This map has attracted attention by the claim of S. Crino that the famous chart which Toscanelli sent to the King of Portugal in 1474 (Slide #252), and later but less certainly to Columbus, was a copy of it. Crino claimed that it is of Florentine, not Genoese, origin; that the style of writing and certain other features definitely indicate that it was drawn by Toscanelli; and that it agrees closely with the letter sent to Portugal with the copy, so closely in fact that the letter is merely a commentary upon it. All these arguments, and many more, have been warmly, even acrimoniously, contested. Without an expert and minute palaeographical investigation, it is impossible either to accept or reject the attribution to Toscanelli, but Crino presented a case which requires further examination. On the question, of main interest here, as to the correspondence between the letter of 1474 and the map of 1457, it is possible, however, to form some opinion. The main objection to Crino's thesis, according to Crone, is that the letter definitely refers to a chart for navigation, while the 1457 map is primarily a world map drawn by a cosmographer. Further, the Toscanelli chart presumably depicted the ocean intervening between the west coast of Europe and the 'beginning of the East'. On the map of 1457, this ocean is split into two, and falls on the eastern and western margins. Though Crino raised many points of interest, he did not establish his case beyond reasonable doubt. Biasutti argued that the horizontal and vertical lines on the map are parallels and meridians taken from the world map of Ptolemy, and that the longitudinal extent of the old world approximately corresponds to his figure of 180 degrees. It is difficult to see, therefore, if this map of 1457 was similar to that sent to Portugal, where its importance lay, for this information was accessible to all inquirers. The interest of the cartographer seems more probably to have lain in Conti's description of the oriental spice islands and the possibility of reaching them by circumnavigating Africa. His work is clearly related, though not closely, to the great map of Far Mauro, his contemporary.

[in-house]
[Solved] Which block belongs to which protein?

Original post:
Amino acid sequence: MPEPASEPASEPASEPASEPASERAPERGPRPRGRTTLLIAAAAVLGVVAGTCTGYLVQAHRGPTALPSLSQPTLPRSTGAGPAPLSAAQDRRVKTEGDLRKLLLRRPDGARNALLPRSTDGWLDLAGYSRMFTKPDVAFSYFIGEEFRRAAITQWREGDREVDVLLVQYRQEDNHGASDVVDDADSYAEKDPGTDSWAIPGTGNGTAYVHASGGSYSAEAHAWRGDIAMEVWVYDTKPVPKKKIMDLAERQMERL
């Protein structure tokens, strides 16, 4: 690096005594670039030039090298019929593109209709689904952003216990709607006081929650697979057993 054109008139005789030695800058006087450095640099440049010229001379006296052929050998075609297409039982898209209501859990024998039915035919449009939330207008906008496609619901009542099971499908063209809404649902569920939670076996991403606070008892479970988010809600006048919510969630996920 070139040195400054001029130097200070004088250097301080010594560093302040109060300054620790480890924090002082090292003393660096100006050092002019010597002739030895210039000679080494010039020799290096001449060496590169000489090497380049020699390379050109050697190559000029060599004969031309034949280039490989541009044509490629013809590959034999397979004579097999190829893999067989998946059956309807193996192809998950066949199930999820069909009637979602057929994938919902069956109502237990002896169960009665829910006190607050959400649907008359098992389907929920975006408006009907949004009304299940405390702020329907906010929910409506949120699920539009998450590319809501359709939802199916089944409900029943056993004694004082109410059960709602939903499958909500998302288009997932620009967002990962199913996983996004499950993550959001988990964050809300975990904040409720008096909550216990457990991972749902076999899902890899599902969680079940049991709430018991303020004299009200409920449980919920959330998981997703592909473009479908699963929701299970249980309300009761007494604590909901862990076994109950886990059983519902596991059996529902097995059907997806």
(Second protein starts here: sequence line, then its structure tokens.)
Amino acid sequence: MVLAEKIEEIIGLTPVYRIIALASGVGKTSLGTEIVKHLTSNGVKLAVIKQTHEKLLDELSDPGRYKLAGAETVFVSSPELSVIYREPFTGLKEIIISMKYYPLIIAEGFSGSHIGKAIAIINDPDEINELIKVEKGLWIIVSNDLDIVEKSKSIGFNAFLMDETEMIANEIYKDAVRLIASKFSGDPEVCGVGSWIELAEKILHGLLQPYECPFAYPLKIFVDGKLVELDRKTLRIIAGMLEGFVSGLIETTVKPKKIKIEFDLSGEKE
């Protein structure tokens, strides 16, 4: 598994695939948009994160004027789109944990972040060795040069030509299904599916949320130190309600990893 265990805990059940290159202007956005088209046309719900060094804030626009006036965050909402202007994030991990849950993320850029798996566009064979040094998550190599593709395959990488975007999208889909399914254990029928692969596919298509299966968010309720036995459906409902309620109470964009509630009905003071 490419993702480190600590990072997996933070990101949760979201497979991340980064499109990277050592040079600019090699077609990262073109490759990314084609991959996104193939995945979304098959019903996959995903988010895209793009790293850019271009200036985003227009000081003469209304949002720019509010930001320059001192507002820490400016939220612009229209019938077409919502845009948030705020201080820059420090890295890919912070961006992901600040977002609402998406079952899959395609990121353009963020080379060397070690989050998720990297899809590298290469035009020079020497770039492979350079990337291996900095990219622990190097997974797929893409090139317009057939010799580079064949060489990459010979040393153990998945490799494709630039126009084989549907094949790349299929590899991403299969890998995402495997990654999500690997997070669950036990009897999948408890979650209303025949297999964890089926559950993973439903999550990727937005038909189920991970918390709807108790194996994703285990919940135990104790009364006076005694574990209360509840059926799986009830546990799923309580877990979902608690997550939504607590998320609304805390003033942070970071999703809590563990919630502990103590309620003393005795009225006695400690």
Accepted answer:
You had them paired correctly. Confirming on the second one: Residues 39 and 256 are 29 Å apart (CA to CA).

LOCATION: Biblioteca Nazionale Centrale, Florence, Italy

*Bagrow, L., History of Cartography, plate D (color).
*Bricker, C., Landmarks in Mapmaking, p. 115.
Crone, G.R., Maps and Their Makers, pp. 51-54.
*George, W., Animals and Maps, pp. 46, 48, 49, 161, 186, 207.
*Kimble, G.H.T., Geography in the Middle Ages, pp. 196-197.
*Skelton, R.A., The Vinland Map and the Tartar Relation, pp. 113, 127, 131-34 .


Index of Late Medieval Maps